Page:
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What to Do While Waiting for Law Schools

What to Do While Waiting for Law Schools
Many of you are still waiting for admissions responses from certain law schools. Unless you submitted all of your applications at 11:30 pm on January 31st, there is a good chance you have heard back from at least one or two institutions, but I understand that waiting can be frustrating. I have heard from two law schools that I would be happy to attend, but am still waiting on my reach school. It takes time to review hundreds and hundreds of applications. Like my great grandfather always used to say “don’t hate the playa’, hate the game.” The truth is that there is plenty you can do in the meantime, as the mailman only comes once a day. Here are some actual productive steps you can take instead of staring out the window as Judge Judy yells at some divorced couple in the background:

1) Submit your FAFSA:

The FAFSA is absolutely necessary if you don’t have $120,000 under your mattress. Most law school students will be borrowing a large amount from Uncle Sam in the form of subsidized loans, and the FAFSA helps law schools determine your financial aid package. Some students assume that after submitting their law school applications, they need to wait on an admissions decision before making another move, and this isn’t the case. It took me approximately 30 minutes to fill out the basic financial and personal information that the FAFSA requires, and if you already filed your taxes electronically this year like I did, the process is even more streamlined. The federal government simply transfers all of the relevant information from your tax return. Make sure that all of the law schools you applied to are listed as recipients, and you’ll be all set (for now). It’s a half hour of your life that could save you thousands and thousands of dollars. In other words, it’s a Geico commercial on steroids. Do it now.

2) Visit Law Schools:

If you have already been accepted to certain schools, congratulations! It is very likely that they will have an open house for all admitted students sometime next month. These can be all-day events where you’ll take a tour of the campus, talk to admissions officers and current students, and even sit in on a couple 1L classes. If this sounds tedious or boring to you, it’s time to slam on the brakes and reassess. To determine whether law school is worth thousands of your dollars and hours, visit the campus and experience a law school class. At this point, you have only invested a few hundred dollars in application fees. Before you take out six figures of debt, you should get off the law school discussion boards and go see it for yourself. While an all-day open house for admitted students is probably the best way to do this, you can contact the admissions office even if you are still waiting on a decision, and I can almost guarantee that they would be happy to set up a tour and a brief meeting with an admissions officer. You want to be absolutely sure that you aren’t simply enamored with the idea of being Ari Gold or Jack McCoy, and that you are cognizant of the nuts and bolts of the law school experience.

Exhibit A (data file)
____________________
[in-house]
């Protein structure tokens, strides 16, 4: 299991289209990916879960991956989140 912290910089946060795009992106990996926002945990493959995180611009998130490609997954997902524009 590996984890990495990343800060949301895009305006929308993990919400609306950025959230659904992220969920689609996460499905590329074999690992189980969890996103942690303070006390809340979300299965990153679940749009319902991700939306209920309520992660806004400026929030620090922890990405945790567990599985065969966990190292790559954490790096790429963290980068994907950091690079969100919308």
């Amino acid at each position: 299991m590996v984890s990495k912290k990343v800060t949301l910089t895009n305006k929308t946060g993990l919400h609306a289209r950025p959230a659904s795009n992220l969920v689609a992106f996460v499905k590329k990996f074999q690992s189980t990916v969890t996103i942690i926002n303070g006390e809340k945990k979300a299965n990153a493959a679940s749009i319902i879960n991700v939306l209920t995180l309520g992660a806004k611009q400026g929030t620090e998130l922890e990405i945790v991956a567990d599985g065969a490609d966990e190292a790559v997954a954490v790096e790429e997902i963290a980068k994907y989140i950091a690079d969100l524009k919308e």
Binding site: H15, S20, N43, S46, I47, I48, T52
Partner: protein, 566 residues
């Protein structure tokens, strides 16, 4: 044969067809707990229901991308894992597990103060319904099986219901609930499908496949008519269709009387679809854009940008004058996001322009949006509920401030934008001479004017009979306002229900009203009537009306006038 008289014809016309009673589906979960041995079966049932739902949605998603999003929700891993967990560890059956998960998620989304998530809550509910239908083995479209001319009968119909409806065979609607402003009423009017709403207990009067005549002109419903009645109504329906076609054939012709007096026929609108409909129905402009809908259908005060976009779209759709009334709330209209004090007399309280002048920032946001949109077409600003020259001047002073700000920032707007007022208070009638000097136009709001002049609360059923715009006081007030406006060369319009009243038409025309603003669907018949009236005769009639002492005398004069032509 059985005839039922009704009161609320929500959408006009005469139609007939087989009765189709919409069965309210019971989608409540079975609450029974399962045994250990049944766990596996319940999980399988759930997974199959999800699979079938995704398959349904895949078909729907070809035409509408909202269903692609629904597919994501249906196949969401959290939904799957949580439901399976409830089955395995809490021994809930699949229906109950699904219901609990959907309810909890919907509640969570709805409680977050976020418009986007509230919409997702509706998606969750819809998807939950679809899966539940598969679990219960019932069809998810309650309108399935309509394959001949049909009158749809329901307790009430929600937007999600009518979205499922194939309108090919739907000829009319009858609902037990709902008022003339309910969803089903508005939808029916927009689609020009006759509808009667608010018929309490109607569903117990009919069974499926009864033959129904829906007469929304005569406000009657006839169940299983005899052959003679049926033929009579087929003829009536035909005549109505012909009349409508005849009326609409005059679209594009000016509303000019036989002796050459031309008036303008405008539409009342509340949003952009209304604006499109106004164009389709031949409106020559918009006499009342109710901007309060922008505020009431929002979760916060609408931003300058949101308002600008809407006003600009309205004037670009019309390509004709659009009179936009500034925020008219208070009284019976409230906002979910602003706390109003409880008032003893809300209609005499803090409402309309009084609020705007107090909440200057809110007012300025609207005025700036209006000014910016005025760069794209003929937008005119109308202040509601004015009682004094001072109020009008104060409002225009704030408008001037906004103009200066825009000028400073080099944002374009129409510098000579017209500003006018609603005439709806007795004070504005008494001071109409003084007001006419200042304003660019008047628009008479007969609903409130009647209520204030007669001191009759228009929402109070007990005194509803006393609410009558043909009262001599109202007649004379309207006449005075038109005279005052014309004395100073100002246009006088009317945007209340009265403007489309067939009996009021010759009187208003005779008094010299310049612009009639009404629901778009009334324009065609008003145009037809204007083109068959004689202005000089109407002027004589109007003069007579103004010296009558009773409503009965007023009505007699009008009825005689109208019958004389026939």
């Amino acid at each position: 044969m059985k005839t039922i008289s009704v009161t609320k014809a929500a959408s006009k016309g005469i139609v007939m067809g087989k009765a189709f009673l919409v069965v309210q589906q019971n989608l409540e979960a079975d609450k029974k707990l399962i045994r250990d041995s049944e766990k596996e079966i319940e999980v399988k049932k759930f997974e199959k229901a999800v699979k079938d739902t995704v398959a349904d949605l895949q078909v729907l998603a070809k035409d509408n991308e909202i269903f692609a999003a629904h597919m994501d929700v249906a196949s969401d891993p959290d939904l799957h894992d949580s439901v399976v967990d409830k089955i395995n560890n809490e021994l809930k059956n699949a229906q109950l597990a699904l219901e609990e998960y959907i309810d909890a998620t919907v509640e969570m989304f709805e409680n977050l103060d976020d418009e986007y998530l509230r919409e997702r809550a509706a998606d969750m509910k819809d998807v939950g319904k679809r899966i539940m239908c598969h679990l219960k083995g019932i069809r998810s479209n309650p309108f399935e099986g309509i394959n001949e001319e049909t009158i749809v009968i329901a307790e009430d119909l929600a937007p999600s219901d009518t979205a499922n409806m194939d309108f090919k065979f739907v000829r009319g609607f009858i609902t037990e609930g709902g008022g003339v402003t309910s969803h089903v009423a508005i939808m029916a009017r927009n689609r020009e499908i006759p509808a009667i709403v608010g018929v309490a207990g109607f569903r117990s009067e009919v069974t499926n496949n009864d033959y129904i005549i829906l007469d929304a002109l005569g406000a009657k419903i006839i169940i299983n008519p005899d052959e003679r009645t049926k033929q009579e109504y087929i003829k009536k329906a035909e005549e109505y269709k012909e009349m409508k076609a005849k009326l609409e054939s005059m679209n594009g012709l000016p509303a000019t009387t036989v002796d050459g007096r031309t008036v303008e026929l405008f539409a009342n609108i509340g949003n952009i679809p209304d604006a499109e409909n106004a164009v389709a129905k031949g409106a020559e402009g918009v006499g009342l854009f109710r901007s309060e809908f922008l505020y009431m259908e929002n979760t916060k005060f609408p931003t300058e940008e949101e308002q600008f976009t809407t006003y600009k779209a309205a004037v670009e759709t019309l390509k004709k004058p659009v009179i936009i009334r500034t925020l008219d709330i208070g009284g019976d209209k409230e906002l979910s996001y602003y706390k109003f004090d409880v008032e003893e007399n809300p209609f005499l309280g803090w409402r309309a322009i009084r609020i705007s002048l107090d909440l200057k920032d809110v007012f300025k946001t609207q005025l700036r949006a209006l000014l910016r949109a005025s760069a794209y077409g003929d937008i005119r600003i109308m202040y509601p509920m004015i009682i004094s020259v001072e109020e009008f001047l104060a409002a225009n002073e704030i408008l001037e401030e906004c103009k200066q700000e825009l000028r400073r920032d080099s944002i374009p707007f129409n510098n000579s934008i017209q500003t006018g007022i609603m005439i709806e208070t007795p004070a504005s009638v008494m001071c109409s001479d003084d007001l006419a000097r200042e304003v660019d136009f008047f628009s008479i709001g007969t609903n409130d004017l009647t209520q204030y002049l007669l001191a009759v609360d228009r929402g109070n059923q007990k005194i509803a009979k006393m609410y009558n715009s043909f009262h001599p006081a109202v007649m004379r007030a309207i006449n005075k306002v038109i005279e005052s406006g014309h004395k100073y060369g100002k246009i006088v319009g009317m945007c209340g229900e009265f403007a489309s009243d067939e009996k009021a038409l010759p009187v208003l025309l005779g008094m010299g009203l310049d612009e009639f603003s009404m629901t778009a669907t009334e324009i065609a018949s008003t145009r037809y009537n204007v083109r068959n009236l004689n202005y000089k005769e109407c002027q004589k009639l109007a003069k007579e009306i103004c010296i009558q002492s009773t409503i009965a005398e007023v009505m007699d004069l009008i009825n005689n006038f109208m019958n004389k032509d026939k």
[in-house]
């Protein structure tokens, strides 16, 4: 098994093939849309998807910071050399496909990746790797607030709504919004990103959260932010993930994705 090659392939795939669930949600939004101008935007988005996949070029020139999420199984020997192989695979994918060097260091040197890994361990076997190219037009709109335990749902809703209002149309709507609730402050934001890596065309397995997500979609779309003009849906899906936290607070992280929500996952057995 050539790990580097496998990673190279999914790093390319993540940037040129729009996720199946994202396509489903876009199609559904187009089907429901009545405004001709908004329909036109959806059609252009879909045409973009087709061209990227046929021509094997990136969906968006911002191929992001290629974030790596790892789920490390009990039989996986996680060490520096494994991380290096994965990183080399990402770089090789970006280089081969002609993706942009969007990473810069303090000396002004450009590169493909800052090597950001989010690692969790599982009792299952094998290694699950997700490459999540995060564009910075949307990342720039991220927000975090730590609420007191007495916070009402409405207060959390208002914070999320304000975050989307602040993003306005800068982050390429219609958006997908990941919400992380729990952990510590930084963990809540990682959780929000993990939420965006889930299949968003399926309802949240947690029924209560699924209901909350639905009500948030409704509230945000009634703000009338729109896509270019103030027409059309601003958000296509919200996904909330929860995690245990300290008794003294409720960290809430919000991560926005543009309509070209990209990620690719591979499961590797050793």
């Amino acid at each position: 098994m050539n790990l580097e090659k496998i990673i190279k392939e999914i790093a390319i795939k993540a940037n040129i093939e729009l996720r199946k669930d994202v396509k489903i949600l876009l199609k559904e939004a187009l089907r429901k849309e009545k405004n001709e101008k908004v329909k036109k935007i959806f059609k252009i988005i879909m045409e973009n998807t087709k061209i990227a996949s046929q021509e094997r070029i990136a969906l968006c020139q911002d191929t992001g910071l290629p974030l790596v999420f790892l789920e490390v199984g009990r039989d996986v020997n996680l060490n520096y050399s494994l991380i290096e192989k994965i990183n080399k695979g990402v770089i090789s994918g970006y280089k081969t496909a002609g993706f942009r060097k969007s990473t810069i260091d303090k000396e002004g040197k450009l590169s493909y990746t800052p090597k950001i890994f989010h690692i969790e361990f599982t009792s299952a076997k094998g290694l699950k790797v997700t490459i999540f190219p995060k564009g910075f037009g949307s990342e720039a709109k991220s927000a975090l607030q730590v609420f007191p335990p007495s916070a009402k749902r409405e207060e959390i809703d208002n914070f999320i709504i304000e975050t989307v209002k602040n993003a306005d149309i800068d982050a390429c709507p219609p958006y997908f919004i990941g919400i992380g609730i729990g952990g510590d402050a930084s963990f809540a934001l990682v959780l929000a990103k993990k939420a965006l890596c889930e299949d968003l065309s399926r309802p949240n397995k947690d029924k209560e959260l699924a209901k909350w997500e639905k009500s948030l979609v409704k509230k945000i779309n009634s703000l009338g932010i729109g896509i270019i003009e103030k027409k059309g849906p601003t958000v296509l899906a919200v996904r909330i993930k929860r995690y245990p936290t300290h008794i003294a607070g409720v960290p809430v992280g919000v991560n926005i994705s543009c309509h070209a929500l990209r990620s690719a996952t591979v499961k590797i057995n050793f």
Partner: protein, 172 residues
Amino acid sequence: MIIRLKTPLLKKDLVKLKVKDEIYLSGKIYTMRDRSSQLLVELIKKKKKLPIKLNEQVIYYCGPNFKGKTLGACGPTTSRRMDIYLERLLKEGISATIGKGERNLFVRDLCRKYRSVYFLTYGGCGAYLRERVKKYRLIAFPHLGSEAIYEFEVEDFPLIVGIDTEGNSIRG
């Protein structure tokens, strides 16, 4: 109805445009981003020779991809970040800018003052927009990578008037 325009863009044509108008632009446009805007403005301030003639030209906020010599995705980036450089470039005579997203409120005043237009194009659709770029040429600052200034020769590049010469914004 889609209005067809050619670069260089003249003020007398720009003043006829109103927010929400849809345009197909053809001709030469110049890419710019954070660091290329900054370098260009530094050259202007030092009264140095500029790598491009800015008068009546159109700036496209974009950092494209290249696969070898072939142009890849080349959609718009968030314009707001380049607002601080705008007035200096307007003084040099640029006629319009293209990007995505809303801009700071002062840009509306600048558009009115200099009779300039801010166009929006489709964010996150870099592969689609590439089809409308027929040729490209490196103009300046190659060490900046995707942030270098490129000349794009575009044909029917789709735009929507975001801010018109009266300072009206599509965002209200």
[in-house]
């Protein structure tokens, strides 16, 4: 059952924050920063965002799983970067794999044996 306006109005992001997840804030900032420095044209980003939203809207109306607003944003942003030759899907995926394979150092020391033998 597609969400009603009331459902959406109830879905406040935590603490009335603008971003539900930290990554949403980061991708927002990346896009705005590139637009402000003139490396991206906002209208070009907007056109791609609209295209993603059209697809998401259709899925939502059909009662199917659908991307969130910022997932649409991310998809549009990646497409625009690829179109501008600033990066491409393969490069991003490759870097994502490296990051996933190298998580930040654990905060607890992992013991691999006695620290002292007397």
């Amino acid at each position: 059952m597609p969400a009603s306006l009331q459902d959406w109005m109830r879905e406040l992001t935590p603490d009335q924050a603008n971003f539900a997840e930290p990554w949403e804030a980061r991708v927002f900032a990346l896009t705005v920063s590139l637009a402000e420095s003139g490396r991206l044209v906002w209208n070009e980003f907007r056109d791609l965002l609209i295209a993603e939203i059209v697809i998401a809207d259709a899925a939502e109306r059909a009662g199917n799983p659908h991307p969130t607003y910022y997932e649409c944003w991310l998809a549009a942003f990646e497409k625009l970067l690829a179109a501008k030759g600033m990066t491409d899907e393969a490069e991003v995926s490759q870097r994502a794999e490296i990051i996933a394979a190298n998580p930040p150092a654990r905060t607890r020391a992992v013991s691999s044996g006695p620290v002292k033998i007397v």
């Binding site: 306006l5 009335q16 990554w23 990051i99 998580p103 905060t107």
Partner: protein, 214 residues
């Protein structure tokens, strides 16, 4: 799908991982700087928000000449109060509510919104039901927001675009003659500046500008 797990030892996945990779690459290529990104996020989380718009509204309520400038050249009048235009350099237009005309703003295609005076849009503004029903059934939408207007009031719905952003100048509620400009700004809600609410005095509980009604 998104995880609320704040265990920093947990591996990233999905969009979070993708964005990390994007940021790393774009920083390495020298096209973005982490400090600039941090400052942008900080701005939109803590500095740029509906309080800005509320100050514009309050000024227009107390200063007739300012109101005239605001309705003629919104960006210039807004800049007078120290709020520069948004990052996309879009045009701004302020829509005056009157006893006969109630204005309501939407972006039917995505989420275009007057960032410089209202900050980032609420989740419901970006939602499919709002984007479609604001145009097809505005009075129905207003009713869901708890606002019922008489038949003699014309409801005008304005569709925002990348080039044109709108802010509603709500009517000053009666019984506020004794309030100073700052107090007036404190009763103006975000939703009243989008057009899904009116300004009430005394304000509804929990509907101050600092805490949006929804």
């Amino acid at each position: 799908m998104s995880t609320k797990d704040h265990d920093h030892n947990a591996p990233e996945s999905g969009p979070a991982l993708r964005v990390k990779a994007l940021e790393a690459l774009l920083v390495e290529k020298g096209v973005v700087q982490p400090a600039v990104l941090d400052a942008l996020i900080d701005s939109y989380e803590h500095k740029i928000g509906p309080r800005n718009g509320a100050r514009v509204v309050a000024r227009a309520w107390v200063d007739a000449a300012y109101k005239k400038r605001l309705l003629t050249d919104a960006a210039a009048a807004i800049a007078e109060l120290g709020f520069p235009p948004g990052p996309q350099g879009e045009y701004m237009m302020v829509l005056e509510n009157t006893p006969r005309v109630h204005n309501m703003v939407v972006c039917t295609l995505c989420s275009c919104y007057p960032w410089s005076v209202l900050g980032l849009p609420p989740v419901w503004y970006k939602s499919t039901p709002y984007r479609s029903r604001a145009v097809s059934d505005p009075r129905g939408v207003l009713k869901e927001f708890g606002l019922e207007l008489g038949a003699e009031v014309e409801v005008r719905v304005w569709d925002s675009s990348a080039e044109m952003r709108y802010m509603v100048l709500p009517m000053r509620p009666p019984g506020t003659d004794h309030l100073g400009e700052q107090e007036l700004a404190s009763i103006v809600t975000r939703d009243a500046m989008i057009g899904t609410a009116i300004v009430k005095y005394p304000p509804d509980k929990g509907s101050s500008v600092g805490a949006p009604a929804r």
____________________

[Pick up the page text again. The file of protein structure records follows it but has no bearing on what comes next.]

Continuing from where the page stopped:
3) Talk to Friends and Family:

In addition to visiting campus, the next-best source of information are your friends who are currently in law school, and your family acquaintances who currently practice law. While you are ultimately going to make your own decision, their perspective can be extremely valuable. Find out what they consider to be the best and worst aspects of law school / the legal profession, and what they have found to be the most important factors that contribute to their success or failure. There is only so much information you can get from brochures and web sites, so take them out and offer to pick up the tab. If they are in law school, you’ll be paying for their lunch. If they are a family friend who is a lawyer, you’ll not only get a free lunch, but you’ll get some very important info. Win-win baby!

4) Schedule a Vacation:

You are likely going to take the leap into your first year of law school, which (if done right) will require you to shut down much of your social life for awhile. If you are shooting for Law Review, moot court, etc, then 1L is going to be a battle of epic proportions. You are taking out a lot of debt to do this, so whip out that credit card and go somewhere nice for a couple weeks. Get your mind in a good place before preparing to unleash the thunder on the competition. Grab your surfboard and meet me in Oahu in mid-July. It’ll be great.